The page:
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future inflation than would labour markets to an
announcement of impending deflation, but sluggishness in reactions by households and companies is still by far the most likely response to
In other words, such threats have to be followed by
deeds and the money supply must be expanded in
order to generate the announced inflation. Yet, in
Japan today, this may not be easy. As Krugman
himself points out:
If an economy is truly in a liquidity trap, failure of broad
monetary aggregates to expand is not a sign of insufficiently expansionary monetary policy; the central bank
may simply be unable to achieve such an expansion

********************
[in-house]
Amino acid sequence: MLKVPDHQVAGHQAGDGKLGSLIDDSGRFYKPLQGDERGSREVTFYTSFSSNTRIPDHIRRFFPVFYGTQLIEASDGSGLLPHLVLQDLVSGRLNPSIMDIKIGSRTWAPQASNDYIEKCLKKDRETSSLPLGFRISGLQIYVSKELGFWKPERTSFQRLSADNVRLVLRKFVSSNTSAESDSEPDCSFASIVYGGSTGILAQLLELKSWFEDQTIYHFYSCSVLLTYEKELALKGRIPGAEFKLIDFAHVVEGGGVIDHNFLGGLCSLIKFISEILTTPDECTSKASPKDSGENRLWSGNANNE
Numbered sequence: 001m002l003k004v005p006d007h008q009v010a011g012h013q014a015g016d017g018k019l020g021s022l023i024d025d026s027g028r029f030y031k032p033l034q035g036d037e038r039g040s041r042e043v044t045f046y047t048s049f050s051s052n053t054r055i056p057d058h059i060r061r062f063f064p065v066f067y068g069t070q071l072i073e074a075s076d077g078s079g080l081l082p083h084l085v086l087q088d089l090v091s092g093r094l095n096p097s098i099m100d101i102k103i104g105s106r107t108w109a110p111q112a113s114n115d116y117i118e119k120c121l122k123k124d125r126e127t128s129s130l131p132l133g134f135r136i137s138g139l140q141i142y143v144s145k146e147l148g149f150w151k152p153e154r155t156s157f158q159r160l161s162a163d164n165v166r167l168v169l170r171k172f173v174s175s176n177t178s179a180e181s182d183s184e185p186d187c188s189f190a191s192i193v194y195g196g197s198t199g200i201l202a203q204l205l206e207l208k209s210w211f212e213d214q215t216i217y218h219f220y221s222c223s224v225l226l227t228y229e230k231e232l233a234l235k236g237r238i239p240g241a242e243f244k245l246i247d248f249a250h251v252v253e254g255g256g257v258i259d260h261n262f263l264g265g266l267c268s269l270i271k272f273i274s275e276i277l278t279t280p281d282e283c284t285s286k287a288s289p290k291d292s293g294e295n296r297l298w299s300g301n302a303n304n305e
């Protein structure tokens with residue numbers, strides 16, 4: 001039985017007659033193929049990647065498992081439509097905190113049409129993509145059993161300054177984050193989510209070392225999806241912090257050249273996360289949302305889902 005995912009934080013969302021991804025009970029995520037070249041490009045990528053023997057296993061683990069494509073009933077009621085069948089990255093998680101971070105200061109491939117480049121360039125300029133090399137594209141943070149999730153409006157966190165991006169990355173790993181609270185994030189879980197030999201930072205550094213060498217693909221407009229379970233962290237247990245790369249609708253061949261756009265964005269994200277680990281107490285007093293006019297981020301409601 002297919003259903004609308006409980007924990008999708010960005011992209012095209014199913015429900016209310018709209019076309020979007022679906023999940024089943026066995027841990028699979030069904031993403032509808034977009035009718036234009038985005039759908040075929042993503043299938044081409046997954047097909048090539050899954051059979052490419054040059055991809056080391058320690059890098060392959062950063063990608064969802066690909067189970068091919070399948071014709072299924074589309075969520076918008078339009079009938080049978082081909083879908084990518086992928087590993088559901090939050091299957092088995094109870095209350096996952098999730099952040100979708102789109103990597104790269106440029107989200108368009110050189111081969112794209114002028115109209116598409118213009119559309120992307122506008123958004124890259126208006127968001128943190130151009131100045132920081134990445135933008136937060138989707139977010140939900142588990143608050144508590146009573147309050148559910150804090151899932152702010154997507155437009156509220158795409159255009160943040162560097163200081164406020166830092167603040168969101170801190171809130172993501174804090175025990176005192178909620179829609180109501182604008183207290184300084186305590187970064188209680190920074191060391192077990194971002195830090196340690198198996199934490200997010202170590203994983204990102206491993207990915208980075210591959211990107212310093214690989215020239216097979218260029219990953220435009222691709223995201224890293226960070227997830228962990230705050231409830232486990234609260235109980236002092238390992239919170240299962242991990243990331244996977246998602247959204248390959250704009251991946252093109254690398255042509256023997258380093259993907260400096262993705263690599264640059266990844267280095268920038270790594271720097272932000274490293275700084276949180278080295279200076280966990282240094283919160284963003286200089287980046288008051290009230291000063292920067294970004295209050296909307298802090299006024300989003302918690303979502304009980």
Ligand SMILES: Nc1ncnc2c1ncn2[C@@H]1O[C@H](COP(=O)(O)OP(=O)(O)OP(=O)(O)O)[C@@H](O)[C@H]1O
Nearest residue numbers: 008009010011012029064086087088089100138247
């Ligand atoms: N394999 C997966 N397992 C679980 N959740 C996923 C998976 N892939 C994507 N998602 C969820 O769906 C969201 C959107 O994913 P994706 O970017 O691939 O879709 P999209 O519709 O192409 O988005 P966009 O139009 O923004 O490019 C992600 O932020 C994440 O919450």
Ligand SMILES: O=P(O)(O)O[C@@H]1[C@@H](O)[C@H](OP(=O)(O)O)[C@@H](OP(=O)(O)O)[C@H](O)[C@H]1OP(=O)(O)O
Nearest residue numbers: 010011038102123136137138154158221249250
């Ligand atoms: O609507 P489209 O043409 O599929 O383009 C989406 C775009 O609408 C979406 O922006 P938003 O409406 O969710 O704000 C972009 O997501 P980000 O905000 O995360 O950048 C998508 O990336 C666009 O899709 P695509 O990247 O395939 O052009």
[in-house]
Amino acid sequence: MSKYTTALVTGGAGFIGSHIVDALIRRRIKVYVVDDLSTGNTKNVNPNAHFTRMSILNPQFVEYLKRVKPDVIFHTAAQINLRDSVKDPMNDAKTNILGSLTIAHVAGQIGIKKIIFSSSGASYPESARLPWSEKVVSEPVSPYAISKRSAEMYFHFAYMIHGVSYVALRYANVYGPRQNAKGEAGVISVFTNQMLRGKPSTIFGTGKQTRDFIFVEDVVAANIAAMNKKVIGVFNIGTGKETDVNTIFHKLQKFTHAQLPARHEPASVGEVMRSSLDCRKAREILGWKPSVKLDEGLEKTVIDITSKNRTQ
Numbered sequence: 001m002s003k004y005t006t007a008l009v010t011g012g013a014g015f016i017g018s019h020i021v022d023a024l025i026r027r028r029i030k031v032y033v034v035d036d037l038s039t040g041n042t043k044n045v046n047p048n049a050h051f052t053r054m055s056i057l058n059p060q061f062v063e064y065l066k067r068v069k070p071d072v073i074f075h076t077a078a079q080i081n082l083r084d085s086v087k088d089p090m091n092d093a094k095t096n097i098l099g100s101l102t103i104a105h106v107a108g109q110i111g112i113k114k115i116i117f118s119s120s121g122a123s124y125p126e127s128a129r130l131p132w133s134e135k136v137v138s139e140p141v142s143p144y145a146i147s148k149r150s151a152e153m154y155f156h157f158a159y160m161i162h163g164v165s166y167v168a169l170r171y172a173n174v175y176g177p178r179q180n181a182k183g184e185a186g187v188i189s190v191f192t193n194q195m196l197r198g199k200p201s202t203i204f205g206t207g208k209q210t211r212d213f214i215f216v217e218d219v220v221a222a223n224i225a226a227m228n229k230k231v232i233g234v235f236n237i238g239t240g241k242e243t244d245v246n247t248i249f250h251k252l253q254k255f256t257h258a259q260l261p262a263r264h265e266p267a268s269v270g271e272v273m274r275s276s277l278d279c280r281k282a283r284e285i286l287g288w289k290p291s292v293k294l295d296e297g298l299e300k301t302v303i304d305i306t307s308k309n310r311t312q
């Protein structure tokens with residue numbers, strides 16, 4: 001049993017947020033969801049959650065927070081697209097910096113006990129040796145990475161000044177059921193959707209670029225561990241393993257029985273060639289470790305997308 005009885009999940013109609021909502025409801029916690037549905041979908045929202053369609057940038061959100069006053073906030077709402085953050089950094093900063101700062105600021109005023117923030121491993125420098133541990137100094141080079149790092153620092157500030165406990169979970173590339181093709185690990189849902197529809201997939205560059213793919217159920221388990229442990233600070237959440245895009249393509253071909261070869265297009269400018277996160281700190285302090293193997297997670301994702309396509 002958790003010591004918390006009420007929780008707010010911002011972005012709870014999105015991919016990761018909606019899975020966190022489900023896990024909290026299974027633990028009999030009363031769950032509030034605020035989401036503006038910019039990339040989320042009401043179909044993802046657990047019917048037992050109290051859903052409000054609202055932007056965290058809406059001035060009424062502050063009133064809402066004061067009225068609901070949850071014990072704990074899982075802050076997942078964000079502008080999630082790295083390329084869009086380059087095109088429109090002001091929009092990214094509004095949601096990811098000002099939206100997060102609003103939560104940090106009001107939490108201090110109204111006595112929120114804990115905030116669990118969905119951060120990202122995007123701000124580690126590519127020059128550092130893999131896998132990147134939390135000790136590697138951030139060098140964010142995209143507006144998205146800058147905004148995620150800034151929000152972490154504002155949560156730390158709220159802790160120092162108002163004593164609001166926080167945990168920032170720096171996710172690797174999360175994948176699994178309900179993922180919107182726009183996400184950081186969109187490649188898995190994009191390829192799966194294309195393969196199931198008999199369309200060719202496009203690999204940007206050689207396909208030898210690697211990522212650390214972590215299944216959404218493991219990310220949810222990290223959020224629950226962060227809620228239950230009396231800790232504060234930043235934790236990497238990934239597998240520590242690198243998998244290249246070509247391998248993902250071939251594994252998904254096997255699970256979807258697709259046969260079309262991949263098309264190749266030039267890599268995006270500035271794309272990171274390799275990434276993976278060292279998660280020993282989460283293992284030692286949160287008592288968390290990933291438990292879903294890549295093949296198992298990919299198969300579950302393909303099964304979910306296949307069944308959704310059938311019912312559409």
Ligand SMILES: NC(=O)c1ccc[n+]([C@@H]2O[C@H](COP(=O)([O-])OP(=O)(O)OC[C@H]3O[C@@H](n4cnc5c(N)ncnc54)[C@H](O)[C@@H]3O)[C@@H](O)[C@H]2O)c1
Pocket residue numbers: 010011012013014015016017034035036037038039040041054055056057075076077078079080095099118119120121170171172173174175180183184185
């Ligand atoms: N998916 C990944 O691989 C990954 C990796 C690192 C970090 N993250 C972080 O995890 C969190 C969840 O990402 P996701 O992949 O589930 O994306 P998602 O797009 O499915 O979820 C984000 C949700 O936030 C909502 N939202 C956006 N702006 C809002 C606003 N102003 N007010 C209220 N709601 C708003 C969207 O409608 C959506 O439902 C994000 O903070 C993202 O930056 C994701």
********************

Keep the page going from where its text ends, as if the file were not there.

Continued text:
because additional base [money] is either added to bank
reserves or held by the public in place of bank deposits.
(Krugman, 1998, p. 158) If this is the case, generating the needed increase in
inflationary expectations may require the use of
unconventional policy measures (such as buying
land or foreign currency) which would be even
harder for central bankers to accept.
And even if, through monetary expansion, credible
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This note was uploaded on 02/03/2014 for the course ECON 204 taught by Professor Devero during the Summer '13 term at American University of Sharjah.
- Summer '13